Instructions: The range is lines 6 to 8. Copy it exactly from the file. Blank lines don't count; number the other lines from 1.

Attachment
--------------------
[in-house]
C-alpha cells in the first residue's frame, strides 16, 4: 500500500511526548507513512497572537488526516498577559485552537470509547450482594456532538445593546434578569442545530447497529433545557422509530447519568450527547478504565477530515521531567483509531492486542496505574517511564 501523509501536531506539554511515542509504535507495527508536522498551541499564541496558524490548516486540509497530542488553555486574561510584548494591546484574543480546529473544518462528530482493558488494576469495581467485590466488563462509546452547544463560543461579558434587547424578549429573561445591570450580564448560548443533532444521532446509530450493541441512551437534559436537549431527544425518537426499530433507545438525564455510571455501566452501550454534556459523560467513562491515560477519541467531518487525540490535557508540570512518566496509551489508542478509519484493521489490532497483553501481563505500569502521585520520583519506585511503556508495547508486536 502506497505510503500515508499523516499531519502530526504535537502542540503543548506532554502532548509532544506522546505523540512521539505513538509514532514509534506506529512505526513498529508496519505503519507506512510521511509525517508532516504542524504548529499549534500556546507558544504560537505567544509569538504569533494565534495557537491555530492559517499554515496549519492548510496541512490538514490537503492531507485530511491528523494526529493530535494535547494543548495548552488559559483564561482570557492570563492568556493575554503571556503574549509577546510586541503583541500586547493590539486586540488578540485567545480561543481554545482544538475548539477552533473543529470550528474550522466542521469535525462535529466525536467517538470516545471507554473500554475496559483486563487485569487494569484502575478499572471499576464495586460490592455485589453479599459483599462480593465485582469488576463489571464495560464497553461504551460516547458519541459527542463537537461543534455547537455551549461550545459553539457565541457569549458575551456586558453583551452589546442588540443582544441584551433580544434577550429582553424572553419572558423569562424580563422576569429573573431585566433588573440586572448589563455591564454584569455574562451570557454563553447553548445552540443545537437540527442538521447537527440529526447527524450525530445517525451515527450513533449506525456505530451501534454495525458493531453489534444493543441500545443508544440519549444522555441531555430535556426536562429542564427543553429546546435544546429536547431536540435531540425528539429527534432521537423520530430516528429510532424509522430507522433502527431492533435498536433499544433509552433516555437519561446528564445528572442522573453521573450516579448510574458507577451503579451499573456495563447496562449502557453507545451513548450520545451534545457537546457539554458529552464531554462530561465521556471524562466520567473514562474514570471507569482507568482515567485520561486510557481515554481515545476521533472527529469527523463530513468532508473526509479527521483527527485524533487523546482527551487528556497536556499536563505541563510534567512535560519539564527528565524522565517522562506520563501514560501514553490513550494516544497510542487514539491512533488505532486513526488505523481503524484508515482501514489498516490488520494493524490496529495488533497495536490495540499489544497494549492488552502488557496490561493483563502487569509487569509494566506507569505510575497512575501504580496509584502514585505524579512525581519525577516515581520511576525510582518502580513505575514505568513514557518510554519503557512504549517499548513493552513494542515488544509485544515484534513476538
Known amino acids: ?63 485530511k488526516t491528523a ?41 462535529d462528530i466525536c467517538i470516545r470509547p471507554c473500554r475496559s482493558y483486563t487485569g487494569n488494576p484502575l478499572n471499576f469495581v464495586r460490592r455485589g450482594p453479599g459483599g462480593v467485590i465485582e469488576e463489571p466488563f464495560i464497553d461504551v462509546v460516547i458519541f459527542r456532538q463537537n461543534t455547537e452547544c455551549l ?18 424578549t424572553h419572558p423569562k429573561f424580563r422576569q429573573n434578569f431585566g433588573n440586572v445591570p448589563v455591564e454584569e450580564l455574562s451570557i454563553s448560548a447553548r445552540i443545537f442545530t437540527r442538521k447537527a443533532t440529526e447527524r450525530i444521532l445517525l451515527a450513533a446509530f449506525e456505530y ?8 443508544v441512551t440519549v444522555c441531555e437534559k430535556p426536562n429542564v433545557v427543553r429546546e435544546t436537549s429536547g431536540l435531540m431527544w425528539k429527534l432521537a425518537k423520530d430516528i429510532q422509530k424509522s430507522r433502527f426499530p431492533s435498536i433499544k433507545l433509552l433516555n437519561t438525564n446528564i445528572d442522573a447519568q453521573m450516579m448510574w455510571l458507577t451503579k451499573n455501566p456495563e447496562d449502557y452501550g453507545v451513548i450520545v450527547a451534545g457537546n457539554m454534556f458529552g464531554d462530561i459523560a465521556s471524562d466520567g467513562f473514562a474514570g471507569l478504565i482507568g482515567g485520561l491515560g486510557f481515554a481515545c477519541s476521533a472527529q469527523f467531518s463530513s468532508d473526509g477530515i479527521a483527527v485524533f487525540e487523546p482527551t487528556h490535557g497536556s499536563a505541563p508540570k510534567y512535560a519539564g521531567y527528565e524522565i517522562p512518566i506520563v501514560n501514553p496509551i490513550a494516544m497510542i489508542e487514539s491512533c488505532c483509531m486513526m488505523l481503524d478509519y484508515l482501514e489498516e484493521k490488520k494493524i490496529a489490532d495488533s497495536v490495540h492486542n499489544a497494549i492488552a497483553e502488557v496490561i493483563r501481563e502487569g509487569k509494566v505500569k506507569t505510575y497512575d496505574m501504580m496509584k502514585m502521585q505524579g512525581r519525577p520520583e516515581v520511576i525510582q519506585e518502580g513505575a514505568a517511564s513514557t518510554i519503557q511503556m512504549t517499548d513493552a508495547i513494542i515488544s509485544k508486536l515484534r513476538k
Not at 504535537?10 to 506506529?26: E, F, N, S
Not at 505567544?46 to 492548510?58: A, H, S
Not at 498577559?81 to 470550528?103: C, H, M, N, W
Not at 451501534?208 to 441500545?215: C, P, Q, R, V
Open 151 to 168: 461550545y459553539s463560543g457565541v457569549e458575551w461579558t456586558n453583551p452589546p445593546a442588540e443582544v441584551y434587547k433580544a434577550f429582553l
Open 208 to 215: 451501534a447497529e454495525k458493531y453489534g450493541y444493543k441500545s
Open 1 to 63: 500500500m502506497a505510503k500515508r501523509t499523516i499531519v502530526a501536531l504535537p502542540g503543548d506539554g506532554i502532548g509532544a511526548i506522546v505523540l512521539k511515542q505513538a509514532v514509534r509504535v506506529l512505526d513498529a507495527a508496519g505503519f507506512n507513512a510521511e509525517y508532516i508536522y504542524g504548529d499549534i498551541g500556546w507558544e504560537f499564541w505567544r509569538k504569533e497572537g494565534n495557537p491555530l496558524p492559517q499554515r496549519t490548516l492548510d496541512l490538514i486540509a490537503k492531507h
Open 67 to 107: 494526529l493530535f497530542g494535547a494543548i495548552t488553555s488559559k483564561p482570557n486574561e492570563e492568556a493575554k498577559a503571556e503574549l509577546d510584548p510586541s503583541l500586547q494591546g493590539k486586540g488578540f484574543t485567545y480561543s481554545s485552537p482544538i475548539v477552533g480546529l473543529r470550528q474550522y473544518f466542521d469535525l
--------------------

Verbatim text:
Not at 498577559?81 to 470550528?103: C, H, M, N, W
Not at 451501534?208 to 441500545?215: C, P, Q, R, V
Open 151 to 168: 461550545y459553539s463560543g457565541v457569549e458575551w461579558t456586558n453583551p452589546p445593546a442588540e443582544v441584551y434587547k433580544a434577550f429582553l